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"I am the Captain of my Soul"

Every God-fearing Christian parent knows that they better make sure their teenage daughters don’t go into… Witchcraft. The Big G is all-loving but doesn’t take too kindly to magick and Wicca and other beliefs in general. If your children dabble in faeries, spells, scented candles, broomstick flying, or astrology He has a really, really warm place where he will send them for all eternity to experience the most painful agony and torture imaginable.

On the one hand, the prospect of their kids facing unending torture (that is torture that keeps going longer than the Energizer bunny) seems to make parents willing to go a bit out of their way in order to keep their children out of all that woo-woo. On the other hand, it’s for all the wrong reasons and many teens end up getting into all that witchery anyway. Fundamentalists think that this is a serious issue facing the country.

Frankly, I’m less worried about an explosion of teen witchcraft than I am about an explosion of training teens in evangelism. The Wiccan friends who I have do seem a bit out there, but at least they don’t have blind faith in moral codes that are thousands of years out-dated hammered into them.

But, when I’m in the philosophy section of a Barnes & Noble and I turn my head to gaze into the lengthy metaphysical section (the minuscule science section pales in comparison) I can’t help but wonder why I see so many kids my own age sucking it all up.

I have to admit that the “reality” presented in these books is so very appealing. An enchanted realm with magick in everything around us. Powers to charm the world and shape it the way we wish. Things we never dreamed possible come alive… But as pretty as the mists draped over the mountaintops in this world may be, they only cloud truth.

There’s something else, though. It’s that very human need we all possess for guidance. Let’s face it, the world is a really confusing place and not everybody can take solace from the ultimate answer of 42. Things seem especially complicated in the teenage years.

First you’ve got classes to worry about. You have crabby teachers, homework, tests to study for, all sorts of crazy stuff. Then you have to deal with your social life. Usually you and your friends can get along and just hang out, but every so often someone back-stabs you, or there’s a misunderstanding, or your voices in a conversation get a bit harsher than usual until an unfortunate word escapes from your sharpened toungues. Suddenly you need to figure out how the hell you are going to fix this schism. And, to top it all off, you have raging hormones. You get to become more experienced with flirting, dating, and all that jazz. Problems from you social life may boil over to your relationship, or you may even go through that whole painful ordeal known as unrequited love for the first time.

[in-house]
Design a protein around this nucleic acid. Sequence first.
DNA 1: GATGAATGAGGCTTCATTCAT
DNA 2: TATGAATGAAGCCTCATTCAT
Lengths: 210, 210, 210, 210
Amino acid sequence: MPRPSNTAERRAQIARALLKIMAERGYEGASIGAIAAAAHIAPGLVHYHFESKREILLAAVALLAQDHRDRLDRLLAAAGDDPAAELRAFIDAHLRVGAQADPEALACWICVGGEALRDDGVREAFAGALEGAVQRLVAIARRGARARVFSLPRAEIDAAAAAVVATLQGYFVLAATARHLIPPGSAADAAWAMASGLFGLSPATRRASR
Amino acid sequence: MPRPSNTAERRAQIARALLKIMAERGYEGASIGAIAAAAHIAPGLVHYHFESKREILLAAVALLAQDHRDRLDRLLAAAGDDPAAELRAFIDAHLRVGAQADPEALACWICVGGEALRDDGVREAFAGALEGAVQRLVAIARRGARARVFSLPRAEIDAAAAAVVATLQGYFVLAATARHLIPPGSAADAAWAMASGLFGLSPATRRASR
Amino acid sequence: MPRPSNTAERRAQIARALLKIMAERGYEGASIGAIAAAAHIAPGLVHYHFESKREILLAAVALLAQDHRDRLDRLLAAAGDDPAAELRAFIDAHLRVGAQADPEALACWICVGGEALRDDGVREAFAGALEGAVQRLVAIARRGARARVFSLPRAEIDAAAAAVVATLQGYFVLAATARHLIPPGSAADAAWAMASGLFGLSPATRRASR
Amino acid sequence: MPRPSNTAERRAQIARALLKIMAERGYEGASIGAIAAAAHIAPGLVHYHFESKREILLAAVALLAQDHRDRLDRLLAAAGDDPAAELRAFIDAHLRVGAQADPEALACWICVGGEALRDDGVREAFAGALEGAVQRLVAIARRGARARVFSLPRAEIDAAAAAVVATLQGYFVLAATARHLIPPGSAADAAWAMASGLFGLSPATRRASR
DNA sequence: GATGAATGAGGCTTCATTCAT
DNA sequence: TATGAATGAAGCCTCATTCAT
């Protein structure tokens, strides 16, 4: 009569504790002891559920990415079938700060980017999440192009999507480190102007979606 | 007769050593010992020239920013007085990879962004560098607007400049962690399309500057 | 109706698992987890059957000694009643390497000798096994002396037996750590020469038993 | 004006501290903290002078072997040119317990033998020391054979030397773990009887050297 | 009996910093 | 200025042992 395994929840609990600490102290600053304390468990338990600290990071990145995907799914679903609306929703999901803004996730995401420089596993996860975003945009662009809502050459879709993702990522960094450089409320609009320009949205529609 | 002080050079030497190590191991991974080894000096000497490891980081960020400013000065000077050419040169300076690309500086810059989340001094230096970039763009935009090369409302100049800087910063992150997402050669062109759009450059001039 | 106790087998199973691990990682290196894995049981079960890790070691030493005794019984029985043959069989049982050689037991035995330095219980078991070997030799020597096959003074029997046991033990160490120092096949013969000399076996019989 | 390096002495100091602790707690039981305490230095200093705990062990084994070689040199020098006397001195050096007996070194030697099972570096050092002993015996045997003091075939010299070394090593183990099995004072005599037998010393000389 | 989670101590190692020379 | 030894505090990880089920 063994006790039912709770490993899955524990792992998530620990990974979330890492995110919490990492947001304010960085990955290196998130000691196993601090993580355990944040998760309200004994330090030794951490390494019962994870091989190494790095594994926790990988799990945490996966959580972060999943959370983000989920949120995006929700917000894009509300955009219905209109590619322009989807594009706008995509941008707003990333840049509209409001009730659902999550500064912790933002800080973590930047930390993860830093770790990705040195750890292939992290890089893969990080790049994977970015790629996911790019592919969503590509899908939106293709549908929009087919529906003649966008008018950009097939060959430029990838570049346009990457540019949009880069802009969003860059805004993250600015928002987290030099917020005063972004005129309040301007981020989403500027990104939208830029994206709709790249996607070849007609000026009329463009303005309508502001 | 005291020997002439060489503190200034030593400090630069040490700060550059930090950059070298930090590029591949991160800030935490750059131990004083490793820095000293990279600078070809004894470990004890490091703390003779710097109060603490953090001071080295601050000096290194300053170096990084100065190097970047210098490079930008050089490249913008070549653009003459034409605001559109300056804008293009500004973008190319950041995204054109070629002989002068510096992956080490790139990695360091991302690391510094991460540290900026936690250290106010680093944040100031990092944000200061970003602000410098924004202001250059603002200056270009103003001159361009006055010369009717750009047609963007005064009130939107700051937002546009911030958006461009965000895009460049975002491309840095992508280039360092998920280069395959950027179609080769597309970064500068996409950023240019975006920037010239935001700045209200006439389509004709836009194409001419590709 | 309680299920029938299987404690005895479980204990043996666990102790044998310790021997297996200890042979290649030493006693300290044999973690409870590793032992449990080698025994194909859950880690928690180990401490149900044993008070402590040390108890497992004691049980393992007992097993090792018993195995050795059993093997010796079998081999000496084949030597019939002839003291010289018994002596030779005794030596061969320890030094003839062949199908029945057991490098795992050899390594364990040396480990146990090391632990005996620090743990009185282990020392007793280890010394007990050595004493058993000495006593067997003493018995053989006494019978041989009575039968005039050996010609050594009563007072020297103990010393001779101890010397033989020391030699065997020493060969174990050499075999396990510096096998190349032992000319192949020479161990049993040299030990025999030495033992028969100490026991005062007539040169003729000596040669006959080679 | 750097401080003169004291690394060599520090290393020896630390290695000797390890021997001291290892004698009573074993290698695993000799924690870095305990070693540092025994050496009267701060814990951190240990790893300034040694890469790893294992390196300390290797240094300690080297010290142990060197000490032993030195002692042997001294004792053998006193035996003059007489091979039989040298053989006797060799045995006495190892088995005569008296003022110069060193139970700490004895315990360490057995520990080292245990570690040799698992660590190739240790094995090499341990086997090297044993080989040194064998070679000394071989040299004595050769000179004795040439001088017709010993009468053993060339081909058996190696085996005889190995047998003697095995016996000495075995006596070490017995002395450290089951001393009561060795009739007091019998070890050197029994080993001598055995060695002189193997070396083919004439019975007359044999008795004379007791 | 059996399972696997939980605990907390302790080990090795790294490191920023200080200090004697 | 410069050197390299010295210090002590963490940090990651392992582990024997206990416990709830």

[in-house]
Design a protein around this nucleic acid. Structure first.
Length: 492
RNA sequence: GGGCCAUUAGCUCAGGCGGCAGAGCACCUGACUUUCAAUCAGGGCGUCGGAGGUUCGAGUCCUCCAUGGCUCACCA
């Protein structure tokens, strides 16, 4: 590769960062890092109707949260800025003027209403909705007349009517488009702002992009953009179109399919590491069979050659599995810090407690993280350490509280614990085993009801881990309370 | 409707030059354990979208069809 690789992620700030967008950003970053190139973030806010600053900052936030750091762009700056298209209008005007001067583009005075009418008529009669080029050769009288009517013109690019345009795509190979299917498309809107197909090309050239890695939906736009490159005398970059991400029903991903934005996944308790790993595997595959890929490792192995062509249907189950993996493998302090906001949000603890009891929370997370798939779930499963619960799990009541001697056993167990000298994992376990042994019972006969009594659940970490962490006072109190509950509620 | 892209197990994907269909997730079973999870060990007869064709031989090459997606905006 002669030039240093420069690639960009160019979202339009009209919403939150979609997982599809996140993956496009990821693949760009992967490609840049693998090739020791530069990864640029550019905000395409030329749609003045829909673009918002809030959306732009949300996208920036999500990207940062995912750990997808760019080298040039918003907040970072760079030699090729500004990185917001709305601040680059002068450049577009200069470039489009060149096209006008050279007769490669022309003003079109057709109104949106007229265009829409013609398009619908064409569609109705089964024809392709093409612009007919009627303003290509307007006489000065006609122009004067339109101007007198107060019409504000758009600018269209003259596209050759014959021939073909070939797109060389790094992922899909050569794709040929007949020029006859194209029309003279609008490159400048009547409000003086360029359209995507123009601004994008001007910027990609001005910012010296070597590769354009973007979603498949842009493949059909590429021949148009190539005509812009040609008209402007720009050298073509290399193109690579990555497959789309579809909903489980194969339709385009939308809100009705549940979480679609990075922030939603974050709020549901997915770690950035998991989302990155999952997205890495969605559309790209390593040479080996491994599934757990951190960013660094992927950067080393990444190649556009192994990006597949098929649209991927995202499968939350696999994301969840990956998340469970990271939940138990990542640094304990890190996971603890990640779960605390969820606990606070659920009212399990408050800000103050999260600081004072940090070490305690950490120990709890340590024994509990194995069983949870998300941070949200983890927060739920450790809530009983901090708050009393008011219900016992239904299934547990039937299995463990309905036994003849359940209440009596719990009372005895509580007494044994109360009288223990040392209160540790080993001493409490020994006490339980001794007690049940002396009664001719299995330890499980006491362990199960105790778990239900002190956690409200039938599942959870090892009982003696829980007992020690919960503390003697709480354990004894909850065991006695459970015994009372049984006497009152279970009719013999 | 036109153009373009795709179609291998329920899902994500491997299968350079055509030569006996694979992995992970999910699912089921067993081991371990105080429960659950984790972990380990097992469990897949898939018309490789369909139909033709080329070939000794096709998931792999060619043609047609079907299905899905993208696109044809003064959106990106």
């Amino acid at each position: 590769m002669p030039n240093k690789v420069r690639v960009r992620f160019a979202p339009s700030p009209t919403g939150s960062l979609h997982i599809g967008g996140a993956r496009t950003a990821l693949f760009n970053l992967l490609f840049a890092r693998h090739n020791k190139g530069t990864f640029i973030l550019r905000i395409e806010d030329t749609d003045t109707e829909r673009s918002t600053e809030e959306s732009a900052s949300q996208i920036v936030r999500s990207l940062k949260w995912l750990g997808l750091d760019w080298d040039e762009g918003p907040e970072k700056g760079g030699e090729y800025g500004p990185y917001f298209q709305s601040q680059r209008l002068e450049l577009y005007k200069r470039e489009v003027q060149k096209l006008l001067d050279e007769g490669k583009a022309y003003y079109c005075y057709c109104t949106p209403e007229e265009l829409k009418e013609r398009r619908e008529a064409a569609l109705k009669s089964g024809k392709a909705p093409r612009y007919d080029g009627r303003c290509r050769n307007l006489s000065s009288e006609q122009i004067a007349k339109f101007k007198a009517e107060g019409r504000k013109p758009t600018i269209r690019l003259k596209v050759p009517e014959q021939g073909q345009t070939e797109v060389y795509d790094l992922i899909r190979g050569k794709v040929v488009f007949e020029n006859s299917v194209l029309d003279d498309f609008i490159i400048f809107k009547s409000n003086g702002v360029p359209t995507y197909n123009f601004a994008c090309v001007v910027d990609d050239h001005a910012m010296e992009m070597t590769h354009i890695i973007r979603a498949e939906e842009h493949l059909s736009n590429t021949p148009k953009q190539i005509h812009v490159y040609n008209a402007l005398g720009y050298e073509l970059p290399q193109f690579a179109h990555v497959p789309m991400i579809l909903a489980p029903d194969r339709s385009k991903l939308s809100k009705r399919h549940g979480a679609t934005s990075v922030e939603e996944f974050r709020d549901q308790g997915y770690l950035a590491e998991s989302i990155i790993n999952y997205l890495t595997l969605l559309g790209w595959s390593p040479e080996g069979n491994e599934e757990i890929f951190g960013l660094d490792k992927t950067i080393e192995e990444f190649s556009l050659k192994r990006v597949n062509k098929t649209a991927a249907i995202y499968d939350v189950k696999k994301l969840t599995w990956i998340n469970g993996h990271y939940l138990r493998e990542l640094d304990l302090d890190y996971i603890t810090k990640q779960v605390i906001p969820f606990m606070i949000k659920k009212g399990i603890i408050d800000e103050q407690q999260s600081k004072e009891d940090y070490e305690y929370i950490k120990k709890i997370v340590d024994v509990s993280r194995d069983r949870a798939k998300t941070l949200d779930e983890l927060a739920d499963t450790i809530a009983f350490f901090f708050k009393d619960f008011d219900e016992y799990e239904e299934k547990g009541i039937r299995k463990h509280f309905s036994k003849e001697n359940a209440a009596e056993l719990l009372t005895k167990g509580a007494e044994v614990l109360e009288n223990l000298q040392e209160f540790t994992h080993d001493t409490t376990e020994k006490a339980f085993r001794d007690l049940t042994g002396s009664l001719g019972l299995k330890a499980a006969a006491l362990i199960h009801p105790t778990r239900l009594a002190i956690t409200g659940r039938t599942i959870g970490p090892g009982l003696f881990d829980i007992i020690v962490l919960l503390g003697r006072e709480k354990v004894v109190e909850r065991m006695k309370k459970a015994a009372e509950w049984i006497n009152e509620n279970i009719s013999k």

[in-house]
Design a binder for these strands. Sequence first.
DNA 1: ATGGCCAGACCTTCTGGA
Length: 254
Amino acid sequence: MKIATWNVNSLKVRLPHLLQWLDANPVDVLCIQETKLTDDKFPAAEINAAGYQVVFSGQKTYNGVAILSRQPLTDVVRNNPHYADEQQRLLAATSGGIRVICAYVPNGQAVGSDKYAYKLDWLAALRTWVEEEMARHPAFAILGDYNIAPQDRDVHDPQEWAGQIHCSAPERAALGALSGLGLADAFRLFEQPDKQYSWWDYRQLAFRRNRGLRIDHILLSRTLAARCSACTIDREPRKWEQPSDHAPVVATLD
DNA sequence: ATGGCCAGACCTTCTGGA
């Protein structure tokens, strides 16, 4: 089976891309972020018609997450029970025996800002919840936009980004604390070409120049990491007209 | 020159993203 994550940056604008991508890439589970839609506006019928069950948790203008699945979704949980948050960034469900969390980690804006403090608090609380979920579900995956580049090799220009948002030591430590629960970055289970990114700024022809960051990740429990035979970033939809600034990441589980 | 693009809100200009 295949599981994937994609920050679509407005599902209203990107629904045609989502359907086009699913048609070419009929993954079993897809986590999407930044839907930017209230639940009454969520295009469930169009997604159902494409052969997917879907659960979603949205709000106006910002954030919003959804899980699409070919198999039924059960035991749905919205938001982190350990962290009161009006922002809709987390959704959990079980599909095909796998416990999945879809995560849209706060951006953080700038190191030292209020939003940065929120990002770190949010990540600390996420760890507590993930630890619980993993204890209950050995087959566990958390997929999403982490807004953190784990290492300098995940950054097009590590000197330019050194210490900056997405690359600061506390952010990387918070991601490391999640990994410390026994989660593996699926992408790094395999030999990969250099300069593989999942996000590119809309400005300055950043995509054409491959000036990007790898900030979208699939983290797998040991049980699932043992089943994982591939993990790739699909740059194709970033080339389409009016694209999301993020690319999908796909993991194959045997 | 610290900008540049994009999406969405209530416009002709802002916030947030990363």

Oh, and most of us don’t even know who we are.

It’s no wonder teenagers find themselves asking “What the Hell is going on? Why is the world so screwed up? Help!”

In a Teen Tarot book I picked up today, it had a section asking why do teens need tarot? To get some answers to the confusing mess that life is, of course.

And so, we find out about these powers greater than ourselves which can not only tell us what the hell is going on, but also promises we can use magick to have some control over all these chaotic messes.

Hell, it even makes us feel more important than just another teenager wandering the halls of high school. It makes us feel like there’s a hope that as teens we can change the world more (I have the small hope that I’m showing we don’t need magick to make a difference as a teen).

But do we really subject them to skeptical scrutiny, or do we just want to believe?

In Silver Ravenwolf’s book, Teen Witch, she gives spells for a more contemporary teenager and includes a spell which you can cast on your locker at school which asserts that it will lure “locker elves” into your locker because there are elves in school.

As absurd as that sounds, it seems that many people simply take that for granted because they want to be a real witch so much.

I can’t say for sure that there is no such thing as locker elves (I have a few friends who look a lot like elves), but what I do know is this: there is no scientific evidence that elves that go into your lockers at school exist. If somebody does a good investigation and finds conclusive evidence that they do, I’d love to hear about it.